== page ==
Managing Tillage, Irrigation Water And Sowing Methods For Production Of Wheat (Triticum Aestivum L.) Under Shambat Conditions

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Mohamed, Mohamed Elhafiz Adam
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An experiment was conducted for three successive seasons (2000/01 – 2002/03) in the Demonstration Farm of the Faculty of Agriculture, University of Khartoum, Shambat to investigate the effect of tillage (T), irrigation water amount (W), and sowing method (S) on wheat crop yield (Elneelein Variety). Seed lot for each season was brought from Hudeiba Research Station. Tillage treatments constituted five land preparation systems, viz.; offset disc harrow, ridger, chisel plough, disc plough, and no-till (T1 to T¬5). Irrigation water amounts were determined with aid of the modified Penman (1977) method in terms of crop evapotranspiration (ETc%) and comprised three levels, namely; 100%, 80%, and 60% ETc (W1, W2 and W3). Sowing methods included flat and ridge sowing (S1 and S2). The experiment was laid in a strip-split-plot design with three replications. Tillage treatments were assigned as vertical factor, water amounts as horizontal factor and sowing methods as subplot factor. Irrigation water amount was measured using a 90o V-notch weir. Parameters pertaining to soil physical properties, infiltration characteristics, machine performance, crop agronomic attributes, as well as water utilization efficiency were assessed and processed. Results obtained revealed that tillage method and depth did not induce any significant variations in soil bulk density (g/cm3) and porosity (%) in all seasons. However, disc plough and ridger profiles recorded greater initial infiltration rates (22.44 and 20.22 cm/h), while no-till plots recorded the least value (11.30 cm/h) in all seasons. Basic infiltration rate was reached earlier (35 min.) in disc plough and no-till profiles. Disc plough also recorded the greatest total draft (11.00 kN) and unit draft (6.50 N/cm2) requirements as well as fuel consumption rates (5.9 T67;/h and 12.73 T67;/ha). No-till system and the stressed watering regimes (60% ETc) were significantly (P < 0.05) inferior with respect to agronomic attributes of the crop in comparison to its corresponding treatments, and that, the 100% and 80% ETc regimes were statistically similar for almost all parameters in all seasons. Mean maximum and minimum grain yields (t/ha) were 2.89 and 1.91 as corresponding to plough-till and no-till, respectively. However, both ridger and offset disc harrow systems were almost comparable with respect to crop yield and averaged 2.94 t/h. On the other hand, average grain yields, over all seasons were 2.90, 2.73 and 2.03 t/h for the 100%, 80%, and 60% ETc water regimes, respectively. Flat sowing was significantly (P < 0.05) superior to ridge sowing in terms of number of effective tillers/plant (1.58 vs. 1.09), grain yield (2.85 vs. 2.54 t/ha), and harvest index (42.50 vs. 41.20%) but was similar to it in the remaining attributes, throughout the seasons. Water use efficiency (WUE) was maximized (0.43 kg/m3) when 80% ETc watering regime was applied, while the full watering regime (100% ETc) gave the least value (0.36 kg/m3). Based on these results, it is evident that, maximum yield of wheat would be obtained with plough-till, based on either ridger or offset disc harrow systems, flat sowing as well as irrigation at 80% ETc.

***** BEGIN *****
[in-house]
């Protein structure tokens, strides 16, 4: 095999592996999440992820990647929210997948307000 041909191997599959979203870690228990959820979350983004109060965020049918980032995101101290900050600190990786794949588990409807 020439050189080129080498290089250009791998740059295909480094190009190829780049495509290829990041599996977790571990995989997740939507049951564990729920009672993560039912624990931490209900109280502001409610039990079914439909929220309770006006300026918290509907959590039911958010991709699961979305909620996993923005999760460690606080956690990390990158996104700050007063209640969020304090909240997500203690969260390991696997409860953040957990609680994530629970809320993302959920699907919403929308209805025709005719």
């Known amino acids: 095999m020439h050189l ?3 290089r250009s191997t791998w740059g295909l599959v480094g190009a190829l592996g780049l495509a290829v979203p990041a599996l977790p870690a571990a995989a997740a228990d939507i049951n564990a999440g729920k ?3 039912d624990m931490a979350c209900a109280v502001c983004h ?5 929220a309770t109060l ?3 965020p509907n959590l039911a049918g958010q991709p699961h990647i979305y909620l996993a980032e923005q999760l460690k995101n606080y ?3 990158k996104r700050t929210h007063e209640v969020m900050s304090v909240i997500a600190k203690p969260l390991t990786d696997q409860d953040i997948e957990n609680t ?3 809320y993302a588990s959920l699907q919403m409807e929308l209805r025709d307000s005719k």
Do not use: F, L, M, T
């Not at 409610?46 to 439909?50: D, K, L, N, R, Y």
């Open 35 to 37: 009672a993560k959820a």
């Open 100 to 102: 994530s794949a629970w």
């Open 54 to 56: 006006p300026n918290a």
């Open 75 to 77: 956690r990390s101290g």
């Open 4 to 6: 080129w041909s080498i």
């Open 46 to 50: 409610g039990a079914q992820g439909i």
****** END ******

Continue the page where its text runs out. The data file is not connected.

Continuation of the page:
November 2004
Irrigation Water